, a big fat Santa Cruz Gartersnake
, and a cute little California Striped Racer
Garland Ranch Regional Park, Monterey County, California—July 16, 2005
On this sunny summer day my wife Monica and I and our four dogs were out for a hike. Monica noticed as she lifted her foot up that if she were to put it down again, it would land on a basking rattlesnake. She made a nice spin move and backed off, calling out "I think Max just walked over a rattlesnake". I was in front and hadn't noticed the snake, and our two 10-pound-ish dogs, Max and Spunky
, had also passed the snake without noticing it. Our bigger dog Champ was on the other side with Monica. (Our fourth dog, Yappy, is a geriatric 4 pounder who was coming along for a ride in a pouch on Monica).
So now we had stopped, with Monica and two dogs on one side of the snake, and me and two dogs on the other side. We realized later that we should have moved perpendicular to the trail into the woods, and called the dogs to us that way, but we didn't think quickly enough for that. Each of us tried to call the dog(s) on their side of the snake to them, but Monica's calling was more persuasive and both Max and Spunky went back towards her. Max passed within a foot of the snake, as Monica and I cringed. Then Spunky trotted right over its head, as we double-cringed.
But the snake was unperturbed, and didn't move or rattle. We put the dogs on leashes and I went back to get some pictures. My camera and I did perturb the snake, which (finally!) started rattling, and lifted its neck into the standard S-curve. So it wasn't easy to disturb this snake. It would much rather rely on its camouflage than use its precious venom on people or dogs.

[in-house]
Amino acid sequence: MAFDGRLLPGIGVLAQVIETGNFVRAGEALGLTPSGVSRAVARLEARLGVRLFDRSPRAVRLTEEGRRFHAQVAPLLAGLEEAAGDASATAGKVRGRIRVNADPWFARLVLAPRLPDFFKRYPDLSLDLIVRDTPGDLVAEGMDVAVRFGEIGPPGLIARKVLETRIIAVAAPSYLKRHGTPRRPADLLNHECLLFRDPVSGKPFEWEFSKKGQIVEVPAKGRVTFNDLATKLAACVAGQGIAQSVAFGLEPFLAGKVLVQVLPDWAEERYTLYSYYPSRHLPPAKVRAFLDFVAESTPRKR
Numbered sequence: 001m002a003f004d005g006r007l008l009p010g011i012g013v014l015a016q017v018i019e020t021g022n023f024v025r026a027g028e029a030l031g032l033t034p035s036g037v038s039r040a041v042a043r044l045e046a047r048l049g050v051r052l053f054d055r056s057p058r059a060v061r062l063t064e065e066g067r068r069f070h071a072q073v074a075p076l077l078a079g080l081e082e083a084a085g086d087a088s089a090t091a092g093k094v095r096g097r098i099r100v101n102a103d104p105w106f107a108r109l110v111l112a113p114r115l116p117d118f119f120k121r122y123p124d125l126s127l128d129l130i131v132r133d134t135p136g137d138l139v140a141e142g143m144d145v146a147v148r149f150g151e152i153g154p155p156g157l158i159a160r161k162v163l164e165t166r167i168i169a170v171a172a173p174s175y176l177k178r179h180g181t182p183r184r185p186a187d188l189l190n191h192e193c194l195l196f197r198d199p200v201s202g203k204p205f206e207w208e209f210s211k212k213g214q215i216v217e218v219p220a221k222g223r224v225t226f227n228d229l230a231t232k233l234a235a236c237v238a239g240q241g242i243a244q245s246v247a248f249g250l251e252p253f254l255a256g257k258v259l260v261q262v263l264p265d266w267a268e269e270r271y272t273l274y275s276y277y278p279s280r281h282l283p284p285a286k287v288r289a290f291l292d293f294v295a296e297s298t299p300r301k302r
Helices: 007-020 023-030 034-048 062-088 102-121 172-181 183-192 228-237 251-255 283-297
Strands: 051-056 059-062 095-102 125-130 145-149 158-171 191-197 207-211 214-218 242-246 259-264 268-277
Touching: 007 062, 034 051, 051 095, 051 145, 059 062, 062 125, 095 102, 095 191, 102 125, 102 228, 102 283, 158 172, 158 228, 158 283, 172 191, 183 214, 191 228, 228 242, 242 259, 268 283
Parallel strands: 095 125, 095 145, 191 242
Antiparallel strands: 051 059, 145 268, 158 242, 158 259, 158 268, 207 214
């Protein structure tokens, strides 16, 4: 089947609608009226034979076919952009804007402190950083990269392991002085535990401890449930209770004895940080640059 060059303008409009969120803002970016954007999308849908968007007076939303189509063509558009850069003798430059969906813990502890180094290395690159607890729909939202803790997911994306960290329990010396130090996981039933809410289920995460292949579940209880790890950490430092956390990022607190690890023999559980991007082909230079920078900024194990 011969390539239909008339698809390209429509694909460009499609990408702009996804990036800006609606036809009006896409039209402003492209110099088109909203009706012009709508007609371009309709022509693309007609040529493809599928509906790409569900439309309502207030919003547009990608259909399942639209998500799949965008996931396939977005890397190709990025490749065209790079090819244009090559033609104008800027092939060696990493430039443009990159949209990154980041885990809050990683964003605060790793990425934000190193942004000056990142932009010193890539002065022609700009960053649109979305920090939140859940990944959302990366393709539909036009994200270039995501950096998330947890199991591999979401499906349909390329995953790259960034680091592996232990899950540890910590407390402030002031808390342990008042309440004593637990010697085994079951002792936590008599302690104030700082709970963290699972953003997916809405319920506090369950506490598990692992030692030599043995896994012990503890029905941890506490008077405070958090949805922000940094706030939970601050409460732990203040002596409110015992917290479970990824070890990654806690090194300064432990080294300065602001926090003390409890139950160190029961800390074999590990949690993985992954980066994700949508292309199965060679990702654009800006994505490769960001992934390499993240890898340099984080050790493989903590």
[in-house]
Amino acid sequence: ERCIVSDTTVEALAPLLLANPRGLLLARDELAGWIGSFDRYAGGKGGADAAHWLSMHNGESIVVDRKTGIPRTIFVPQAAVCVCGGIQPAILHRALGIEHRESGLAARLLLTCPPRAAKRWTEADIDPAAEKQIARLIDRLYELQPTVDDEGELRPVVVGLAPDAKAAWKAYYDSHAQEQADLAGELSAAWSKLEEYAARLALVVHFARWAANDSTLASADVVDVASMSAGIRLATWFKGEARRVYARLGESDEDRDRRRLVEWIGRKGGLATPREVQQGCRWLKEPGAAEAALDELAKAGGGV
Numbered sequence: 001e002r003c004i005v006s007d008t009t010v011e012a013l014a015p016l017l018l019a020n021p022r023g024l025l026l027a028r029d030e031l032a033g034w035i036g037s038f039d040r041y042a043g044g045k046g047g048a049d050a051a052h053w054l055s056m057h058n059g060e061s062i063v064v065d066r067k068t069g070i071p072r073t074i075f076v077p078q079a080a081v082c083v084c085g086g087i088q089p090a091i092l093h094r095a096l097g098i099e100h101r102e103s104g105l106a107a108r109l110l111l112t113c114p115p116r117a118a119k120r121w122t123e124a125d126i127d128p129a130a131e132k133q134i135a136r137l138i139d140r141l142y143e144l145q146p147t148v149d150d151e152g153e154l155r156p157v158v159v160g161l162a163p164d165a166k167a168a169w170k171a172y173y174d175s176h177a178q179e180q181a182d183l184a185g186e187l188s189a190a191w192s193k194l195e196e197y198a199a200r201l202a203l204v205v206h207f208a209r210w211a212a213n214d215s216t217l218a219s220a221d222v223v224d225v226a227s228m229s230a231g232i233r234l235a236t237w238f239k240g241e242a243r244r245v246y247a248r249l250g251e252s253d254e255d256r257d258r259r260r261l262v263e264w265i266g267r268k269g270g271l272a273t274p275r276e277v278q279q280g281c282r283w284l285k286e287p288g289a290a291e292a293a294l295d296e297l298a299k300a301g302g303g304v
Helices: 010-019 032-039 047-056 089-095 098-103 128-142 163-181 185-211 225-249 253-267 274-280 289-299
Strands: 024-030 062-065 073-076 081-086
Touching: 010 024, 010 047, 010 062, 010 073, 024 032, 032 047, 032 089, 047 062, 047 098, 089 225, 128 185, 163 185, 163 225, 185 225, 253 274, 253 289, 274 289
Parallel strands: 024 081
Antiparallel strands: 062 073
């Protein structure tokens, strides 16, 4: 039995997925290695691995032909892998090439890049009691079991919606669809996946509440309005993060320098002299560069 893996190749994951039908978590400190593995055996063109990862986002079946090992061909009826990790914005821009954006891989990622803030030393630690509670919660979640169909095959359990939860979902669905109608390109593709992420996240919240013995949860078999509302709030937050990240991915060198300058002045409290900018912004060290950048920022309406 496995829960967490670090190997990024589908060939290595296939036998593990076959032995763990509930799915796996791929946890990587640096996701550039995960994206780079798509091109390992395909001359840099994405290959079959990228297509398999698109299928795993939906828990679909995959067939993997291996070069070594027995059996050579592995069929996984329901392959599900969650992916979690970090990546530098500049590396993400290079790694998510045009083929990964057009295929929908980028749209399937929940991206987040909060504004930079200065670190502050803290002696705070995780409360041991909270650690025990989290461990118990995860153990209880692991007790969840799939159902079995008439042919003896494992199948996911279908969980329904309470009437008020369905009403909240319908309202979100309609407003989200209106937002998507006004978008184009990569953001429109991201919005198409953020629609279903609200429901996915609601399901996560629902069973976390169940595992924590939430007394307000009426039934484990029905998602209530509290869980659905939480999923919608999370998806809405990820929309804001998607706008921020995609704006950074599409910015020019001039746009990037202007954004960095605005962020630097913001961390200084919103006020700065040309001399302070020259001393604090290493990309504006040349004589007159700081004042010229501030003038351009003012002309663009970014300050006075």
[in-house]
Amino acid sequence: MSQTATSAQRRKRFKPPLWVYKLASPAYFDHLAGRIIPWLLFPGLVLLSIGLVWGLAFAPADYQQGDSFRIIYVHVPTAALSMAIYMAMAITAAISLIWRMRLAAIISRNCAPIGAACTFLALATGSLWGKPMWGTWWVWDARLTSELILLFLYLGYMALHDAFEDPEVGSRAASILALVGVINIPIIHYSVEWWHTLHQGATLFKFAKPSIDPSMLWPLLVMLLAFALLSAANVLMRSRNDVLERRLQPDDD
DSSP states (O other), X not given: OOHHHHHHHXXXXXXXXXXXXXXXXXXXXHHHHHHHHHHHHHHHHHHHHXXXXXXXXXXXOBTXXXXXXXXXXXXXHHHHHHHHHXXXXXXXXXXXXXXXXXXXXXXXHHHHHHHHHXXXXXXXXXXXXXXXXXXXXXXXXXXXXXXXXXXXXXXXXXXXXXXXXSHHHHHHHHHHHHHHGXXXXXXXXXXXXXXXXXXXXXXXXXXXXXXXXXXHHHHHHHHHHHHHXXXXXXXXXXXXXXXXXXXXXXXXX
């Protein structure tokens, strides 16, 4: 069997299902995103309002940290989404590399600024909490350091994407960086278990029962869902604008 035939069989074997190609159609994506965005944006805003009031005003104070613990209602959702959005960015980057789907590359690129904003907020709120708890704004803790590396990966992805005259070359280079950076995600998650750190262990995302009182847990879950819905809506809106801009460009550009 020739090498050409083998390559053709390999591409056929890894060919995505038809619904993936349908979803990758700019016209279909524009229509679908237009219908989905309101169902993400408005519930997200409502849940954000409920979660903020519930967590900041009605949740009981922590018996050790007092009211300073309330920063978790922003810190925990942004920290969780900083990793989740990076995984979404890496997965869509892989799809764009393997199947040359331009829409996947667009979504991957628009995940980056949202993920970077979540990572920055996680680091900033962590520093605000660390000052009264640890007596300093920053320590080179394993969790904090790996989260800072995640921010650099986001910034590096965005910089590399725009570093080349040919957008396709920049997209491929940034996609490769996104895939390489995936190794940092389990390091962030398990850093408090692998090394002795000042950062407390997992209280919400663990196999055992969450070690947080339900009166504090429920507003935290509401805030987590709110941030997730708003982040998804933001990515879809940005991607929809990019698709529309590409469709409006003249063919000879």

Garland Ranch Regional Park, Monterey County, California—July 30, 2006
Another day walking dogs at Garland Ranch, another rattlesnake blocking the trail. Unlike the one from the previous year
though, I easily noticed this one before we had reached it, since it was sprawled out across the width of the trail. I used a stick to gently persuade it to leave the trail for the people, dogs, horses, etc., whereupon it coiled up and gave me the old rattler tongue.
Henry W. Coe State Park, Santa Clara County, California—February 17, 2007
My friend Fred Harer noticed this well-camouflaged little rattlesnake biding its time under a log I had lifted on a warm winter day. It poked its tongue out a few times, but otherwise let us take photos for ten minutes or so without moving a muscle, even when the spider seen to its left crawled across the snake's back.
Pinnacles National Park, San Benito County, California—May 19, 2007
This young snake demonstrated both its climbing and its clinging skills in a tree just a few feet from the main trail up to Bear Creek Reservoir.
Contra Costa County, California—May 5, 2014
I noticed this cute li'l baby rattler coiled up against the base of a rock, mostly obscured by grasses. My herping buddy Mike Pingleton cleared most of the plants away carefully, with tongs, so we could get a few photos without overly disturbing the snake.